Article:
Therefore, secure the chain with a rope that can be quickly cut in an emergency.

5 Keep calving aids in a handy location

Store items like ropes, gloves and lubricant in a bucket or plastic container that can be hung on the side of a calving gate with a simple hook.

This way, when you are working at the cow, all aids that may be required are within easy reach.

Hanging a container with aids such as gloves and lubricant on the calving gate means they are within reach when needed.

6 When to intervene at calving

Hopefully most cows will calve on their own. But when there is no progress, you have to step in. Timing the intervention differs.

With heifers, intervention will be needed earlier than with mature cows. Cows carrying twins also need early intervention.

Cows calving to a new stock bull may benefit from early intervention as a confidence builder.

Generally, if the cow has the tail up, water bag out and is visibly pressing but no progress has been made, then step in. For heifers, step in after one hour. Increase to two hours for mature cows.

On your first visit to the calving shed in the morning, and a cow is in labour, step in and check things out immediately, as you can’t be sure how long the animal has been labouring.

7 Check calf presentation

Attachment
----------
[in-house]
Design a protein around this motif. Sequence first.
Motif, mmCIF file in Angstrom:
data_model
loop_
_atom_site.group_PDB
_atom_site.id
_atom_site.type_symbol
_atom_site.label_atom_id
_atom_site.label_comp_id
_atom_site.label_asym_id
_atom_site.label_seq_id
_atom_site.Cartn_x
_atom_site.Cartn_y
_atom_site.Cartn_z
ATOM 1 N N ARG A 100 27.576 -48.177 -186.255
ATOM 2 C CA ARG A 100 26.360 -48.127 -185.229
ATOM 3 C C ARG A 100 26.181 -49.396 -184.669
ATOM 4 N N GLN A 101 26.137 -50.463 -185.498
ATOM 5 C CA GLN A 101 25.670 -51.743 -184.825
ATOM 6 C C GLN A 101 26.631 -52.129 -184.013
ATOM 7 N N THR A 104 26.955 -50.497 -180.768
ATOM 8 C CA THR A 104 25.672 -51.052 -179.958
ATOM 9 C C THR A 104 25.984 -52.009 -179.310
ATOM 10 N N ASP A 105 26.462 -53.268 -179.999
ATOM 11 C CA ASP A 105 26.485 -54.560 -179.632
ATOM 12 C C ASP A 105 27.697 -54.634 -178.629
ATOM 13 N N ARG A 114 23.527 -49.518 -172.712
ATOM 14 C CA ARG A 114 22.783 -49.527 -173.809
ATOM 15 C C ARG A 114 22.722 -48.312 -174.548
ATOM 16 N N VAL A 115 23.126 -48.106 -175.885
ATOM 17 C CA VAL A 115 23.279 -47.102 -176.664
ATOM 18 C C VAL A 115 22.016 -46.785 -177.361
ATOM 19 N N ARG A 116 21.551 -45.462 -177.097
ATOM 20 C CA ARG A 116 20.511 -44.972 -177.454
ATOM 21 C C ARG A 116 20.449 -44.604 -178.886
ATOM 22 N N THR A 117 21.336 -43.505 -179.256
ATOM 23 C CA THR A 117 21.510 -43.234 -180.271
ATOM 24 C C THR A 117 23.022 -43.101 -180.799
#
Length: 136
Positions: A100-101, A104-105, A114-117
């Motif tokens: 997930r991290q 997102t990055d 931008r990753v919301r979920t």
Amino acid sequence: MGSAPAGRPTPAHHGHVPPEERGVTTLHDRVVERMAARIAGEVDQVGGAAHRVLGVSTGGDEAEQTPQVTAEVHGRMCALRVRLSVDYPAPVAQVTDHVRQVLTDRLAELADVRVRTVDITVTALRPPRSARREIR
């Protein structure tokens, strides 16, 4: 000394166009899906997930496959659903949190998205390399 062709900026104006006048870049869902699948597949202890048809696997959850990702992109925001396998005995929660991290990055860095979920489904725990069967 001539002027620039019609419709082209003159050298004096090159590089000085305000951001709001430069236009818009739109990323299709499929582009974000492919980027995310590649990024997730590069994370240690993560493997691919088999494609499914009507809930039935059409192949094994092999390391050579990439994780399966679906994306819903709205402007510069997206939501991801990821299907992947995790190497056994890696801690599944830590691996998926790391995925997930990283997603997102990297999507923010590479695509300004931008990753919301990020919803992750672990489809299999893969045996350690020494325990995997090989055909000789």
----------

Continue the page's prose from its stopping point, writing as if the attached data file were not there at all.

When intervening, you need to know what feels normal. Check the front legs and head are correctly positioned. If not, try to correct the position, if possible.

Legs coming backwards should be a cause of alarm, as should the calf’s tongue being swollen and the fluids in the water bag being a reddish-brown colour.

If you can’t feel a calf and your arm is rotating inside the cow, the animal most likely has a twisted uterus and the vet will be required immediately.

8 Making a call on big calves

When checking the presentation of the calf, if the front legs are starting to cross over, this is a sign of a big calf or broad shoulders.

Make the call early if you think veterinary intervention is needed. This is better than pulling a big calf that gets stuck and dies.

9 Double-loop the calving ropes

Use a set of red and blue ropes to pull the calf. Attach the red rope to right leg and blue rope to the left leg. Double looping the ropes on the calf’s leg is recommended as this spreads the pressure when pulling by hand or the jack. Place the first loop above the fetlock and second loop below the fetlock.

10 Using the jack

If you can’t pull the calf by hand using ropes, then get the jack.

In the wrong hands, the jack increases the risk of an injured or dead calf.

Position the head frame on the cow’s pelvis, keeping the cow’s tail out of the way.

Always stand to the left of the jack. Apply plenty of lubricant and use the ratchet in a steady motion to apply pressure.

When the cow pushes, stop the ratchet.

Lever the bar downwards in a smooth motion. As the cow relaxes, raise the bar upwards and use the ratchet to take up the slack.

If the calf gets stuck at the hips, release the pressure from the jack to let the calf breathe. Re-apply lubricant and try to work one of the calf’s hips out by levering jack to one side.